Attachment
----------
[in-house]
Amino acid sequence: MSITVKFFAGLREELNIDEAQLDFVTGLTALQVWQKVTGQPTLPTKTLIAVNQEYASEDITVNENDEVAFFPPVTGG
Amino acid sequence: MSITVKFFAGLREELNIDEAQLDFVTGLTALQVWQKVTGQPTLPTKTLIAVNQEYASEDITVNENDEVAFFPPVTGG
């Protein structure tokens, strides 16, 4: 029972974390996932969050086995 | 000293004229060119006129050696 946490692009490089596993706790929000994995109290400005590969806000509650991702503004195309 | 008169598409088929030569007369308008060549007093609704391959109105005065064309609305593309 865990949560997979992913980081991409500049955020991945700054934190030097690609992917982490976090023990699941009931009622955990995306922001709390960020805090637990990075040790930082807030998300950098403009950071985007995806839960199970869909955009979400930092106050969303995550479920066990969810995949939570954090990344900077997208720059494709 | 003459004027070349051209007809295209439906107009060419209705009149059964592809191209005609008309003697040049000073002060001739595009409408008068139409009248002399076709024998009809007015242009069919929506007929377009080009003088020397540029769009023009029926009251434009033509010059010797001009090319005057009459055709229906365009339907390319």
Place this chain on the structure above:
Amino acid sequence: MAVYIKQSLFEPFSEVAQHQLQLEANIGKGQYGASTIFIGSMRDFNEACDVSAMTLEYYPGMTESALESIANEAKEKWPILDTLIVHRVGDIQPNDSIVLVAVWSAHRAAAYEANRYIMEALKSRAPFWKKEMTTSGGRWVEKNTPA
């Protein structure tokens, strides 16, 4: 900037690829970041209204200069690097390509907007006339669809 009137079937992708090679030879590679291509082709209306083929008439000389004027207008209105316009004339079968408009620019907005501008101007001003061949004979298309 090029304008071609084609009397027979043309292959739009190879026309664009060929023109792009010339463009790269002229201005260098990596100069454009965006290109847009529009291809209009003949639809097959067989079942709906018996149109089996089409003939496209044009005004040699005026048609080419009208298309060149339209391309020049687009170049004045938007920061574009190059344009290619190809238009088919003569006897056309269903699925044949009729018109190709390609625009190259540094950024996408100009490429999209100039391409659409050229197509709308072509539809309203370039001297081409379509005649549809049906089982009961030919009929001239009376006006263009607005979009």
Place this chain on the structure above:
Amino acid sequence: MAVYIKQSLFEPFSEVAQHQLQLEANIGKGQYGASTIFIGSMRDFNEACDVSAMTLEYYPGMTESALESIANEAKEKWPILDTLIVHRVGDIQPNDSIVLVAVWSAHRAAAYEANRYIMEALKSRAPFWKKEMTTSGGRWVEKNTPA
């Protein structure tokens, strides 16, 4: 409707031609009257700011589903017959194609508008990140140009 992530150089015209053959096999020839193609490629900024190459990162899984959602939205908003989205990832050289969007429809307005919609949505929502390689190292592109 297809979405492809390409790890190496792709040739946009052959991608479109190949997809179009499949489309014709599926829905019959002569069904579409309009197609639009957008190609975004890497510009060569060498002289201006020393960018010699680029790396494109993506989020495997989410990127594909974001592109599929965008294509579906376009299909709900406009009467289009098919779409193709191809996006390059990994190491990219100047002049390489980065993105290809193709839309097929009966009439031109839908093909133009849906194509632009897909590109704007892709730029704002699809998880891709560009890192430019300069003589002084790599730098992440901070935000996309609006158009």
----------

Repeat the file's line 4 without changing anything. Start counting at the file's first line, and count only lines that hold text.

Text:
């Protein structure tokens, strides 16, 4: 029972974390996932969050086995 | 000293004229060119006129050696 946490692009490089596993706790929000994995109290400005590969806000509650991702503004195309 | 008169598409088929030569007369308008060549007093609704391959109105005065064309609305593309 865990949560997979992913980081991409500049955020991945700054934190030097690609992917982490976090023990699941009931009622955990995306922001709390960020805090637990990075040790930082807030998300950098403009950071985007995806839960199970869909955009979400930092106050969303995550479920066990969810995949939570954090990344900077997208720059494709 | 003459004027070349051209007809295209439906107009060419209705009149059964592809191209005609008309003697040049000073002060001739595009409408008068139409009248002399076709024998009809007015242009069919929506007929377009080009003088020397540029769009023009029926009251434009033509010059010797001009090319005057009459055709229906365009339907390319």